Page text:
In accordance with the various embodiments described herein, communication between the client devices 102 and the server devices 104 may occur using any of a variety of conventional communication protocols (including public and/or proprietary protocols). In one implementation, communication between devices 102 and 104 occurs using a version of the Hyper Text Transport Protocol (HTTP). In another implementation, communication between devices 102 and 104 occurs using the Real Time Streaming Protocol (RTSP). Alternatively, other protocols may be used, such as the Session Initiation Protocol (SIP), the Simple Object Access Protocol (SOAP), and so forth.

The devices 102 and 104 may each be any of a variety of conventional computing devices, including desktop PCs, workstations, mainframe computers, Internet appliances, gaming consoles, handheld PCs, cellular telephones, personal digital assistants (PDAs), set-top boxes, etc. One or more of the devices 102 and 104 may be the same types of devices, or alternatively different types of devices.

Although not shown, one or more additional devices (e.g., firewalls, routers, gateways, bridges, multiple proxy servers, etc.) may be situated between a client device 102 and a server device 104. It should be noted that multiple client devices 102 may access a single server device 104 and that a single client device 102 may access multiple server devices 146.

FIG. 2 illustrates an exemplary server device 104. As shown, the server device 104 includes a streaming module 216 and one or more streaming media files 222. The server device 104 may be, for example, an origin server device 104 of FIG. 1, or alternatively another device (e.g., a proxy device). In general, the streaming module 220 functions to receive a request for a streaming media file, or a portion of a streaming media file, such as from the client device 102, and to stream the streaming media file 222 or a portion of the file to the requester.

A “media file” includes one or more digital streams of information that may be rendered by a media player. Typically, the media file will include two or more streams that are temporally synchronized. The media file may also include other streams which are independent. The contents of a media file may or may not be compressed. The term “streaming media file” is used herein to indicate that a media file is provided over a network to a client device and that playback of the media file can begin prior to the media file being delivered in its entirety (e.g., providing the media file data on an as-needed basis rather than pre-delivering the data in its entirety before playback). A streaming media file may be publicly available or alternatively restricted (e.g., restricted to only certain users, available only if the appropriate fee is paid, etc.). A streaming media file can be any of a variety of one or more types of time-based media file, wherein information within the streaming media file specifies the temporal presentation of some or all of the file during playback, such as audio, video, temporal text presentation, animation, etc. Additionally, the streaming media file may be pre-recorded or alternatively “live” (e.g., a digital representation of a concert being captured as the concert is performed and made available for streaming shortly after capture).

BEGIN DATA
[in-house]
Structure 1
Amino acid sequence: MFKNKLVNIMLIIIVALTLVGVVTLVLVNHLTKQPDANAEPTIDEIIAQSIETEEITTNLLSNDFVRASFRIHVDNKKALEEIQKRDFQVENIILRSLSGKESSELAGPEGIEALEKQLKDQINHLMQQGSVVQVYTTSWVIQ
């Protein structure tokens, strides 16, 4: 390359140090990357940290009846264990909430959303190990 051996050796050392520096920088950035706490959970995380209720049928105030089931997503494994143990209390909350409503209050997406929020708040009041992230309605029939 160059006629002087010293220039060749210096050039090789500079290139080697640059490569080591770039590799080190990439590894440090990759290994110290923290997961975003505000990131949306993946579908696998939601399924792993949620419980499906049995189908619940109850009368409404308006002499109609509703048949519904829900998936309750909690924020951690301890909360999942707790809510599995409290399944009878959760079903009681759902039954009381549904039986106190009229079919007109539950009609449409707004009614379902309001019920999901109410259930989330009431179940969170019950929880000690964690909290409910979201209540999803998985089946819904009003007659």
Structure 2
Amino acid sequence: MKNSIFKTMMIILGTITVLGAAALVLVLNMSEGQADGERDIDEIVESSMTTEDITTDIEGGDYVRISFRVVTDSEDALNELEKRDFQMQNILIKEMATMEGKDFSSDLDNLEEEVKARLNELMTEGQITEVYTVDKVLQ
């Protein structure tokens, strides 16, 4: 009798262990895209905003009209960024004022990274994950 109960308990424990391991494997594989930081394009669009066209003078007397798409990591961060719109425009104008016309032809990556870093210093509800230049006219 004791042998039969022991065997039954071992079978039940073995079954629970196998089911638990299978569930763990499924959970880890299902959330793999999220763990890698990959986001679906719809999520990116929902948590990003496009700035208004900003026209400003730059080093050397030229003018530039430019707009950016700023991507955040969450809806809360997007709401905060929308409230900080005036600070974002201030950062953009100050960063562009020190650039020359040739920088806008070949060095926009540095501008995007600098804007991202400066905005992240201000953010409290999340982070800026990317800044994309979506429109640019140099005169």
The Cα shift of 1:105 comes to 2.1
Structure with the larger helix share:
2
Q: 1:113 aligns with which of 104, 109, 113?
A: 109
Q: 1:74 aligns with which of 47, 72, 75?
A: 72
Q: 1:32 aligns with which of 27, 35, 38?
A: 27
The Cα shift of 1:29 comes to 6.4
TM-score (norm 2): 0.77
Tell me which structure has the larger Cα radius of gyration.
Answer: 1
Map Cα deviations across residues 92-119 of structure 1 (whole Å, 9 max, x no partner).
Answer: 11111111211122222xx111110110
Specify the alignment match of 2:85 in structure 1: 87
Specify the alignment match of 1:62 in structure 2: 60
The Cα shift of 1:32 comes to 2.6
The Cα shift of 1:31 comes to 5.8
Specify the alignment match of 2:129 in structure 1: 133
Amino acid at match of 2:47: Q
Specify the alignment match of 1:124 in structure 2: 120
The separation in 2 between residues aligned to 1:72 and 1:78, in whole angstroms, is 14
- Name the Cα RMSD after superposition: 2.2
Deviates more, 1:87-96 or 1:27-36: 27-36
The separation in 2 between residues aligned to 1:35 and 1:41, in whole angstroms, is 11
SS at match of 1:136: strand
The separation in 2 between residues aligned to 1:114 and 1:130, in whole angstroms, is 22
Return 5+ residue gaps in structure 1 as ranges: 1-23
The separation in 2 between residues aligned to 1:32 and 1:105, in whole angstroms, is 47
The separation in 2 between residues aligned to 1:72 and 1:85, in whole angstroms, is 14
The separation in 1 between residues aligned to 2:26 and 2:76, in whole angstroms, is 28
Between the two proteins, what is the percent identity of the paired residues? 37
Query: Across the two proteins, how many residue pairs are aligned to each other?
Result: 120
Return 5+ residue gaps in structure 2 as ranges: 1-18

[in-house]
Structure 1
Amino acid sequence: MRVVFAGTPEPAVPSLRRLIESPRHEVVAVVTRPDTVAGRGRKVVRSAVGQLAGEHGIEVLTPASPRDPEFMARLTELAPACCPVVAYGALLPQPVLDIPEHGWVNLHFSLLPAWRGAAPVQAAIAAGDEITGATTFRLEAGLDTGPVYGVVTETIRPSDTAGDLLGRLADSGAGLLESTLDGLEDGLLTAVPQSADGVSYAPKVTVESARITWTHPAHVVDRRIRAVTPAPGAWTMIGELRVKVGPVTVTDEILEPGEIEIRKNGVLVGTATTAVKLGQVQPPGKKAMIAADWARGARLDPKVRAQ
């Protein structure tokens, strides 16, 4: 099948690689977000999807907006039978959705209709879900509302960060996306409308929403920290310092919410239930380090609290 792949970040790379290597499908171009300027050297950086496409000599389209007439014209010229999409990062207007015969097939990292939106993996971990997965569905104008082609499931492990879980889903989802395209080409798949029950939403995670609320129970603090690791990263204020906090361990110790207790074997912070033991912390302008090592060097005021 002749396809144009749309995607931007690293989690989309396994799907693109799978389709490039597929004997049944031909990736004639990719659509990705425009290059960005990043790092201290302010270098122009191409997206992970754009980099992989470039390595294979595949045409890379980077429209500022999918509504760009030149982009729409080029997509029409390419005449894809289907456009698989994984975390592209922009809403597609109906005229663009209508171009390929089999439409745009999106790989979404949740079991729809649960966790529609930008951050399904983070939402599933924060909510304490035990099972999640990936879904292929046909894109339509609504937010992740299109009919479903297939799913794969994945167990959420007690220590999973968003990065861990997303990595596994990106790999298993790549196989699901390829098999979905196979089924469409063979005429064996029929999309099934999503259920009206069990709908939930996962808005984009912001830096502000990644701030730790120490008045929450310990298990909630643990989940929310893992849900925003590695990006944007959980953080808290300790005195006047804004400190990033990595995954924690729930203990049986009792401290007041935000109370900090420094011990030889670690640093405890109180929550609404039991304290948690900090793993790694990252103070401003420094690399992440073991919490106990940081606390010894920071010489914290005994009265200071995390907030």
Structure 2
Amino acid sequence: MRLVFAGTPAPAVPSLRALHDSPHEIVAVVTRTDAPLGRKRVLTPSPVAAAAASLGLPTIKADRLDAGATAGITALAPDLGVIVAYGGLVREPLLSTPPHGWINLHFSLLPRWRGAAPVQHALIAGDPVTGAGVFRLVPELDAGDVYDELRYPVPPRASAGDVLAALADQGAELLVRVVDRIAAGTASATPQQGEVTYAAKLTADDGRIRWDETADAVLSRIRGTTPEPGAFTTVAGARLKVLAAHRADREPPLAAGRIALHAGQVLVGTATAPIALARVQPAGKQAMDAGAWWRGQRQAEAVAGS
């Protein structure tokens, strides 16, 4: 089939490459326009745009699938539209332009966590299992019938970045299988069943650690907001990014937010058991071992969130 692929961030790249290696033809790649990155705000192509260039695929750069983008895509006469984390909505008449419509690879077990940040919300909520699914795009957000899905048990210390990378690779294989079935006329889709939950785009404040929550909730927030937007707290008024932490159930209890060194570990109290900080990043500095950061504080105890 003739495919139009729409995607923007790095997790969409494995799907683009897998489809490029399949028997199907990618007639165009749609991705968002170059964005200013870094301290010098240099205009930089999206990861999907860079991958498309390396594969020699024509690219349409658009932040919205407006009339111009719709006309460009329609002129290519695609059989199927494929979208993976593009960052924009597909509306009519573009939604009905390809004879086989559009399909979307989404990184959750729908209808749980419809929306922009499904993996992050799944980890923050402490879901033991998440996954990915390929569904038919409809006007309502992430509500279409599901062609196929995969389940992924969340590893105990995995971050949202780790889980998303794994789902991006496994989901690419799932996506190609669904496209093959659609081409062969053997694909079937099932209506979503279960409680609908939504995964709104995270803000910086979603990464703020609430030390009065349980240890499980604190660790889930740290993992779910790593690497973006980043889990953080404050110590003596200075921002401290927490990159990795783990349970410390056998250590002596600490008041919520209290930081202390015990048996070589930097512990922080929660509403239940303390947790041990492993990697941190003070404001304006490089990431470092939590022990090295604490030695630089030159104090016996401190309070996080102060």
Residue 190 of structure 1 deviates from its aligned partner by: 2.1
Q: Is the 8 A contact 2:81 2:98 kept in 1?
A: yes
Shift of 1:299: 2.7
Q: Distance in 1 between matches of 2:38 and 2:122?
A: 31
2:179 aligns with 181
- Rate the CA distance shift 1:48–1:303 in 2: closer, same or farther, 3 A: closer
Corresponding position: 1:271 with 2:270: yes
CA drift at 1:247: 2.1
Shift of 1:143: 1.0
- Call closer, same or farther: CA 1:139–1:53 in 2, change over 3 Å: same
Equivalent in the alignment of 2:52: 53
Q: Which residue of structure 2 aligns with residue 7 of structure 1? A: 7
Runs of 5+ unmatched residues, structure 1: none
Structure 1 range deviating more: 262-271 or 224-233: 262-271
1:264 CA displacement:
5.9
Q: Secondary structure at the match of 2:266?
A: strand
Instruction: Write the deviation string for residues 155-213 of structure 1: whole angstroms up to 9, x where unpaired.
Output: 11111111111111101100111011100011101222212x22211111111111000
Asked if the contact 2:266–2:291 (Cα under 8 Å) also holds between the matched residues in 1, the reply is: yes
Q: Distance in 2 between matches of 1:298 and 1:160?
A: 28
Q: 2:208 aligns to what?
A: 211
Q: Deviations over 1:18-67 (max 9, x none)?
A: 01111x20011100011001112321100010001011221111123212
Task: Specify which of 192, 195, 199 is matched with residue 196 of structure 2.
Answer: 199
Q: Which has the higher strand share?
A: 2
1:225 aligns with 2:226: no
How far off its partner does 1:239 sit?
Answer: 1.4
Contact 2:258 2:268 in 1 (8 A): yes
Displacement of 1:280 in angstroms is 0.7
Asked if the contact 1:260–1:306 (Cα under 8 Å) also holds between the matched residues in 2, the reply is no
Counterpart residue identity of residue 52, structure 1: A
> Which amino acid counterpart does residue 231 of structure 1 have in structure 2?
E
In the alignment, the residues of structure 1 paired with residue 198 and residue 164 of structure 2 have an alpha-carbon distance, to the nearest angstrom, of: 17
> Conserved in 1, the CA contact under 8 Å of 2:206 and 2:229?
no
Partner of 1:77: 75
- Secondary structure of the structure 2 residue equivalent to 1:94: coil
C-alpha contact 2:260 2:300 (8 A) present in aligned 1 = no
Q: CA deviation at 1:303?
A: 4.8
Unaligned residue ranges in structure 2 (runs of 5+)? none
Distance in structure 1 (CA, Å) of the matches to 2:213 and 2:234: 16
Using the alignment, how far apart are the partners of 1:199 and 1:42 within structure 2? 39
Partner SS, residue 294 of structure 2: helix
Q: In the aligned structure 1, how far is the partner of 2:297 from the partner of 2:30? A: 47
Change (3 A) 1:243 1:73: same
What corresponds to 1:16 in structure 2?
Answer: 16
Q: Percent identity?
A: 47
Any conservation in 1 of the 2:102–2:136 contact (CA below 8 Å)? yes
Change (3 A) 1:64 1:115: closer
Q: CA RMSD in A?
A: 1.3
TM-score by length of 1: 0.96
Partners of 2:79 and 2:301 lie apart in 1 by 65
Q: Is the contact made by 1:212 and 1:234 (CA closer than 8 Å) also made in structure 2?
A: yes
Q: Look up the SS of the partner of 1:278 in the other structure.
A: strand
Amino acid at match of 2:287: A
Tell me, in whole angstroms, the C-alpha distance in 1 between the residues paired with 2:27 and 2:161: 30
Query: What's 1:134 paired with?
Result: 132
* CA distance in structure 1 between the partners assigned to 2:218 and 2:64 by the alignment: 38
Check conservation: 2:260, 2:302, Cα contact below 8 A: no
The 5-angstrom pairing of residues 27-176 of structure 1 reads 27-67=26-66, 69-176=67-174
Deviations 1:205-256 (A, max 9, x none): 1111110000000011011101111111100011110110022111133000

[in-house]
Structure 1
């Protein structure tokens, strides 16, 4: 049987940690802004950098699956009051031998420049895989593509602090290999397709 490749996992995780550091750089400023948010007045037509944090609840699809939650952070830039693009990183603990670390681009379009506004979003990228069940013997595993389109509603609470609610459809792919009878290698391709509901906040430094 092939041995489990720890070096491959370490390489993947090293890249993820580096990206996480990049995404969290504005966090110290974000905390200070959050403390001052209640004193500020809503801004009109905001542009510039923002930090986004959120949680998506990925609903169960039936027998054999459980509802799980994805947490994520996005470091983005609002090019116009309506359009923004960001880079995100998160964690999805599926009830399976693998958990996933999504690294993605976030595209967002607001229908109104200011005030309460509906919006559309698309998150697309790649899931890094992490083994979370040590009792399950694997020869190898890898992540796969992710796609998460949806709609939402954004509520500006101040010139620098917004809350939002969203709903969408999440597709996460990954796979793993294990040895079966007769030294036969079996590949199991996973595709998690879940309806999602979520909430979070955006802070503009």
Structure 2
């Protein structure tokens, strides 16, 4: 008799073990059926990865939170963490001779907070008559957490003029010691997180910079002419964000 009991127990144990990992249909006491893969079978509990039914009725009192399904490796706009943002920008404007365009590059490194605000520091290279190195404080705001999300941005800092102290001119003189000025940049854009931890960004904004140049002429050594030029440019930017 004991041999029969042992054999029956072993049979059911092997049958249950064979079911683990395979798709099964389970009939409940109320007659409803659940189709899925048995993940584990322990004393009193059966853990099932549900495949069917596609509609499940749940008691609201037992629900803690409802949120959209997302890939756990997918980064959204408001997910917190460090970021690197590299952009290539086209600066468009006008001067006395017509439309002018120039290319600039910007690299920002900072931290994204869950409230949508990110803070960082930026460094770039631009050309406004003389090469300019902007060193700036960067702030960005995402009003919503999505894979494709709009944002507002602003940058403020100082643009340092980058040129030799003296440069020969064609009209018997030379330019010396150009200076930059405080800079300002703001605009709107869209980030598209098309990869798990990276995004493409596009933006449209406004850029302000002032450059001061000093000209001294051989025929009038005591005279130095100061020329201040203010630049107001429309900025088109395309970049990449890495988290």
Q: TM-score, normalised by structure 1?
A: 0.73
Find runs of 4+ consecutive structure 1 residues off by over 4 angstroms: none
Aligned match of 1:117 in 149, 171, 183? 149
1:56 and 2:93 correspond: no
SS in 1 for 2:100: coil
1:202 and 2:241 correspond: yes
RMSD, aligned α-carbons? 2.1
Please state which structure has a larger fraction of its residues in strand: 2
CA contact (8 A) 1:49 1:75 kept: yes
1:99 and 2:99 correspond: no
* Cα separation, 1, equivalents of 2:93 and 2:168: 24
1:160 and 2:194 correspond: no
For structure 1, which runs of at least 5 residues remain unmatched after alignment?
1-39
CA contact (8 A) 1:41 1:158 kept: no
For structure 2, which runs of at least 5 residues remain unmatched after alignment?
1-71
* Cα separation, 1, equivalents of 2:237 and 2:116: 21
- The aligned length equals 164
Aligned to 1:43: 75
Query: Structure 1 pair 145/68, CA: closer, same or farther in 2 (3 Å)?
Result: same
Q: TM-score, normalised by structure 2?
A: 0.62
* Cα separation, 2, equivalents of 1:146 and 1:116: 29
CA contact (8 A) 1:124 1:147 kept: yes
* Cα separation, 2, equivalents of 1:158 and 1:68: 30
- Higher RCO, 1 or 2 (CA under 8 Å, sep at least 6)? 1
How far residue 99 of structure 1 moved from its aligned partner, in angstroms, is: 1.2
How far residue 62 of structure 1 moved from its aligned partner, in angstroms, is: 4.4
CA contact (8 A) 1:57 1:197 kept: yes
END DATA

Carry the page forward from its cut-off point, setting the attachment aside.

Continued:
A streaming media file 222 may be stored and/or streamed in accordance with any of a variety of different streaming media file formats. For example, a streaming media file may be stored as a static streaming media file. Alternatively, a streaming media file 222 may be streamed “live” from one or more streaming media sources or producers. In one exemplary implementation, media files are stored and/or streamed in accordance with the ASF format (Advanced Systems Format or Advanced Streaming Format). Additional information regarding ASF is available from Microsoft® Corporation of Redmond, Wash. The same technique can be applied to other formats as well, such as MPEG (Moving Pictures Experts Group)-1, MPEG-2, MPEG-4, Quicktime, etc.

As shown, the client device 102 includes a streaming media player 206, a networking module 208, a caching module 210, and one or more cache files 216. Included in the caching module 210 are a media cache module 212 and a byte cache module 214. As shown, the one or more cache files are stored in a data storage module 218 at the client device 102.